Combating Aflatoxin

According to the FAO, 25% of all crops are affected by aflatoxins. When consumed they can affect the absorption of other nutrients, causing malnutrition. Countries in Africa have lost their export markets due to it. New sources of resistance, novel screening methods and good agricultural practices can cut down contamination.


  • First portable low-cost rapid aflatoxin detection device developed; mobile sample extraction kit to be ready soon
  • An aflatoxin testing kit developed in-house uses a competitive enzyme-linked immunosorbent assay (cELISA) to rapidly detect the presence of aflatoxins
  •  An aflatoxin testing laboratory in Zambia is currently operational and provides service to stakeholders
  • Good agricultural practices (GAPs) identified to reduce pre- and post-harvest aflatoxin contamination
  • Mapping aflatoxin exposure and its impact on nutrition and growth of children in Malawi and Tanzania


    • ELISA testing kit: Used by The National Smallholder Farmers’ Association of Malawi (NASFAM) successfully, in conjunction with high-performance liquid chromatography (HPLC)
    • Malawi regained its groundnut export to Europe. In just one area of Malawi, over 4,000 farmers are now exporting groundnuts to Europe under the fair trade agreement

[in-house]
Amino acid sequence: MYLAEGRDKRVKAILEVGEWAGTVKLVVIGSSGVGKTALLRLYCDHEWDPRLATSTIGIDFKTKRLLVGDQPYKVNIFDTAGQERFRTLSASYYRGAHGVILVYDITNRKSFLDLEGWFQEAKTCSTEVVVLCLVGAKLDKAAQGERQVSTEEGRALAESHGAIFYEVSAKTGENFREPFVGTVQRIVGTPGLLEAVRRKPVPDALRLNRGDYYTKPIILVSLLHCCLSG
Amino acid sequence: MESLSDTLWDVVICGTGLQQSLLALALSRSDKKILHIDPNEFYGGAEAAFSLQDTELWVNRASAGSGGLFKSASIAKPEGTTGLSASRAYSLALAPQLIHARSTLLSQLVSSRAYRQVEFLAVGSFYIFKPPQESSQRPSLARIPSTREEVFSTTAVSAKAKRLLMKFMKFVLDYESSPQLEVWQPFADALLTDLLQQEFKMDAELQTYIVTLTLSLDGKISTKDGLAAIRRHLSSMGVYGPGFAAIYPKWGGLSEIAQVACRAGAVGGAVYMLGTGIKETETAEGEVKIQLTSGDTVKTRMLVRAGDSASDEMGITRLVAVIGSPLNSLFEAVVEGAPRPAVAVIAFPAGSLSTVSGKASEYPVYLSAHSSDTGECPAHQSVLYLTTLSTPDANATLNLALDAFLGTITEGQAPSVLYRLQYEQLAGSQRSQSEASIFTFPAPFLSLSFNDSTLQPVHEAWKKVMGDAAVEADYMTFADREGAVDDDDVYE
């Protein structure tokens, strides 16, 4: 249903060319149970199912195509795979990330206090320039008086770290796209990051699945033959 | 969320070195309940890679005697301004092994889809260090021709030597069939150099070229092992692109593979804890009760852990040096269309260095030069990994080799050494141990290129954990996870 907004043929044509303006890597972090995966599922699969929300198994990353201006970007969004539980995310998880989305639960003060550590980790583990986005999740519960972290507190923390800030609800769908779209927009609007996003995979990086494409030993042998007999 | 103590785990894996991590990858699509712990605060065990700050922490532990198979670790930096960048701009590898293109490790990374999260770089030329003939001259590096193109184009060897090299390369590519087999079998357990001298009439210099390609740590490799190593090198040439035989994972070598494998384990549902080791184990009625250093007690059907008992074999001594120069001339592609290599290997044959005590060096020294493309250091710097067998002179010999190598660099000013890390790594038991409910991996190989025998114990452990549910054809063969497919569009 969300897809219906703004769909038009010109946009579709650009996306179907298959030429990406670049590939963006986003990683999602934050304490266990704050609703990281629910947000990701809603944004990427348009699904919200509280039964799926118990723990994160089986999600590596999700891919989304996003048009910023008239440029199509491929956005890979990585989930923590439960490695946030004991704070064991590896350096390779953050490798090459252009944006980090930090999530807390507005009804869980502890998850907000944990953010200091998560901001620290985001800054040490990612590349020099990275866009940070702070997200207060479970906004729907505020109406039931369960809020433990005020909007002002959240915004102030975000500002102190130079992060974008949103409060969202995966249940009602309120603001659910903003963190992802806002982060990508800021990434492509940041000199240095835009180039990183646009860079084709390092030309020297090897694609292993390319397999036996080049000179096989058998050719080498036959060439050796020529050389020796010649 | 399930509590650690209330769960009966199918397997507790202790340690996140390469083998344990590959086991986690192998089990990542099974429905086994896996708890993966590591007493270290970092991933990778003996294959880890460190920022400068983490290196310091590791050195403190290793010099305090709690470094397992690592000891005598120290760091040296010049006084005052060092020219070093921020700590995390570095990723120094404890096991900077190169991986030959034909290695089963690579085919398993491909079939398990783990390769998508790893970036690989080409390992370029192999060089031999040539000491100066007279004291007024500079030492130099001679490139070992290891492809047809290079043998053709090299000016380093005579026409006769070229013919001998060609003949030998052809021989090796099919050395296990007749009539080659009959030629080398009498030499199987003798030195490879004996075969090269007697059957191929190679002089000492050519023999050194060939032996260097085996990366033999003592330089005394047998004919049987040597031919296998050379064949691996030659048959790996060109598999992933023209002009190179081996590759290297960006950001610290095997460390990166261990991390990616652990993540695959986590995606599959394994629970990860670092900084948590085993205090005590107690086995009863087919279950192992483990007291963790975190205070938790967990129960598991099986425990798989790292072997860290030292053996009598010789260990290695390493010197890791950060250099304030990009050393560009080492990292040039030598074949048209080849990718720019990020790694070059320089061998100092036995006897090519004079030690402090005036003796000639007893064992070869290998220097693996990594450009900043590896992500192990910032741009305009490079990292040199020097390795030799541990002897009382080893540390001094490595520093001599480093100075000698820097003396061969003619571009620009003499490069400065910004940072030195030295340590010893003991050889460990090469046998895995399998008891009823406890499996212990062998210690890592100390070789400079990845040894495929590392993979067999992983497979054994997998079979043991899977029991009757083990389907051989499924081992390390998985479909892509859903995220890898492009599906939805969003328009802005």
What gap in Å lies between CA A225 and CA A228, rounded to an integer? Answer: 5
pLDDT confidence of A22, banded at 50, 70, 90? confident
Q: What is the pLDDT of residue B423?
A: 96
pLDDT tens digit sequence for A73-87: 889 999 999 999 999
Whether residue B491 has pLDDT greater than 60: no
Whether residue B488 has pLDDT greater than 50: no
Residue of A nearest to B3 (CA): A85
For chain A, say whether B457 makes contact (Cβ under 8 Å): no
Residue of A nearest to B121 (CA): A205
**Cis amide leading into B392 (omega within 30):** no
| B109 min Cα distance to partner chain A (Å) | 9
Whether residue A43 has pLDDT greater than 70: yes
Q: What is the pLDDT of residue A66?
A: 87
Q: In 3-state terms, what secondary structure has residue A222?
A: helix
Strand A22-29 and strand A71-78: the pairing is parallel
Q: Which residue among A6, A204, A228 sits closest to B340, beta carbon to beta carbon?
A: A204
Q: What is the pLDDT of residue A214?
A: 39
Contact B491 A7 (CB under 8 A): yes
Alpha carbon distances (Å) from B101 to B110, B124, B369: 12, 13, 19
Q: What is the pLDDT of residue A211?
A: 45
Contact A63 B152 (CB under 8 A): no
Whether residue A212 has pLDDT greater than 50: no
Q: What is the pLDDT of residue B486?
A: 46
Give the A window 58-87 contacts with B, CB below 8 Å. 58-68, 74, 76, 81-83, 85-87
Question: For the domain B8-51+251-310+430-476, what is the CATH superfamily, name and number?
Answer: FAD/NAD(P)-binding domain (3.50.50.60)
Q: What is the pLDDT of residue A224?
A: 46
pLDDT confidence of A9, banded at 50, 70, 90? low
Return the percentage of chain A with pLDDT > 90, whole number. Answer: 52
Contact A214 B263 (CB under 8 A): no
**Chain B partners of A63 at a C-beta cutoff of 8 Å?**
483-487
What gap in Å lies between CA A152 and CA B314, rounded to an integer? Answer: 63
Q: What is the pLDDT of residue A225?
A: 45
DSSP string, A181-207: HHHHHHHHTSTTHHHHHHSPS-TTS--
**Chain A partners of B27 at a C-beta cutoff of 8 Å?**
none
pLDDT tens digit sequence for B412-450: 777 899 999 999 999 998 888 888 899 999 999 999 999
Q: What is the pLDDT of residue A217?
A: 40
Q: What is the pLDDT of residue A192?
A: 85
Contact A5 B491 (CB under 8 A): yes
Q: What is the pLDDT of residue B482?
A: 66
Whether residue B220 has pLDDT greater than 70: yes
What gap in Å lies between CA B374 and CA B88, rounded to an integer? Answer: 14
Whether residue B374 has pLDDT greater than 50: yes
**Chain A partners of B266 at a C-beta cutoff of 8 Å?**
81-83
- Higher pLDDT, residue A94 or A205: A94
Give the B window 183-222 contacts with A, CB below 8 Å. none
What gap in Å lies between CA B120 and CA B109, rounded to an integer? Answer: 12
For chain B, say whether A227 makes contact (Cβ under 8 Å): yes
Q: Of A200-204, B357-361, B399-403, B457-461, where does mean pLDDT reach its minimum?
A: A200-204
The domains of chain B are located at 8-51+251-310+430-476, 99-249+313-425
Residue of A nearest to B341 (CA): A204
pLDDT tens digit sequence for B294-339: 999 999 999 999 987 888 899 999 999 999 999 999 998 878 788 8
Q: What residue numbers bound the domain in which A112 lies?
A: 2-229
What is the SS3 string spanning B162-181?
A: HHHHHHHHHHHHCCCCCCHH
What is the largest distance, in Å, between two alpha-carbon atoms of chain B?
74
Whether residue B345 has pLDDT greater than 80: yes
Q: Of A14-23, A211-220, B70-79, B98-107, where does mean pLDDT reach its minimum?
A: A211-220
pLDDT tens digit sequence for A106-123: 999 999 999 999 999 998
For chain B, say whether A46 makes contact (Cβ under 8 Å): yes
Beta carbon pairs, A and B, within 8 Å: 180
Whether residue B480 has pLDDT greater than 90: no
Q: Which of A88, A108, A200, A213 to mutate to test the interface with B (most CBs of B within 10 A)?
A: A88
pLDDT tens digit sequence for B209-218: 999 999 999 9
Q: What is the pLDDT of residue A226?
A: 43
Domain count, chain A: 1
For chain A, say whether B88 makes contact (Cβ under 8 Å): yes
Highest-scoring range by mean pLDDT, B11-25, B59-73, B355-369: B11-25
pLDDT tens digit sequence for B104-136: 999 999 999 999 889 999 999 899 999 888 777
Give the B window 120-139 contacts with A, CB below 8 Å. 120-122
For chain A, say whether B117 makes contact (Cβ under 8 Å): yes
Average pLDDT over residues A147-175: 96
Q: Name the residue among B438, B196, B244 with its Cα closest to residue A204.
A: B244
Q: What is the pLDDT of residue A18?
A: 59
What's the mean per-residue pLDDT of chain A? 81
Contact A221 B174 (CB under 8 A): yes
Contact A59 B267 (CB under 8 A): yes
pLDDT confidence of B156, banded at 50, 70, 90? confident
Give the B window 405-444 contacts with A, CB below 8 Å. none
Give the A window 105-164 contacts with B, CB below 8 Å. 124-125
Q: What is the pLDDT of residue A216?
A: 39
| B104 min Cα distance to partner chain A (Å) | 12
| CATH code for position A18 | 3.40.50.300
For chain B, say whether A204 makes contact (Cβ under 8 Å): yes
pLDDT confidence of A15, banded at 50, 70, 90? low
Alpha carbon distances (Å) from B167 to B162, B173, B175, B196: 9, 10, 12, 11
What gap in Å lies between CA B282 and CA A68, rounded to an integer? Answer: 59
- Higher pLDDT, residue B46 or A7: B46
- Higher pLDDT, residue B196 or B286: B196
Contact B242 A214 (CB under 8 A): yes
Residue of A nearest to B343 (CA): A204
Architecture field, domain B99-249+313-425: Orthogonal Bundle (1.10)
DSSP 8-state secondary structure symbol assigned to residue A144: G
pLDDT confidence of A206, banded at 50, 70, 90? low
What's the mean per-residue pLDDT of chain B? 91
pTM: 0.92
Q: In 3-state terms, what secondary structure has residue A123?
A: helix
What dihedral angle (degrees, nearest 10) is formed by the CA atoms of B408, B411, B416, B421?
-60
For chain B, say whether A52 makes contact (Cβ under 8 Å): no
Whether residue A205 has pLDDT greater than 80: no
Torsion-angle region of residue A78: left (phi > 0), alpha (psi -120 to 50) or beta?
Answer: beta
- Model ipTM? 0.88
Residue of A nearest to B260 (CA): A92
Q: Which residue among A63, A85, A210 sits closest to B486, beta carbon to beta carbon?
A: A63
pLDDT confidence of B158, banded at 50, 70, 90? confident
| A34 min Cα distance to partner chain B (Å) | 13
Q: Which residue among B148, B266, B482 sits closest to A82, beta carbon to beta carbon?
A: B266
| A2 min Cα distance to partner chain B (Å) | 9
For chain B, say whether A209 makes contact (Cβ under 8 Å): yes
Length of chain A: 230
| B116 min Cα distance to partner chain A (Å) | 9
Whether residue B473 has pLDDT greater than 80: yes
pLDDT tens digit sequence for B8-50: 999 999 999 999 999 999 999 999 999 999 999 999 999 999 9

• Peanut butter processors in Zambia are testing their products. A company has started labelling its product as ‘tested for aflatoxins and safe for consumption’
    • The Zambia Bureau of Standards is establishing national standards for aflatoxin in peanut butter
    • Several resistant sources in groundnut have been identified in Africa and Asia
    • Result demonstrations (2013-15) in farmers’ fields showcasing a set of GAPs versus farmers’ practices showed 62-94% reduction in aflatoxin contamination in groundnut; increase in yield by around 30%, additional net income of around USD 25 per acre.
    • Biotechnology-based breakthrough: Aflatoxin-free groundnut could be developed soon using a ‘Double defense approach’ and check out the infographic here.

This blue-sky research could have great impact in the future. Several private sector and national agricultural research institutes interested in pursuing this biotechnology approach to explore possibilities of incorporating aflatoxin resistance genetic variability in their groundnut breeding programs.


For more information, see videos:

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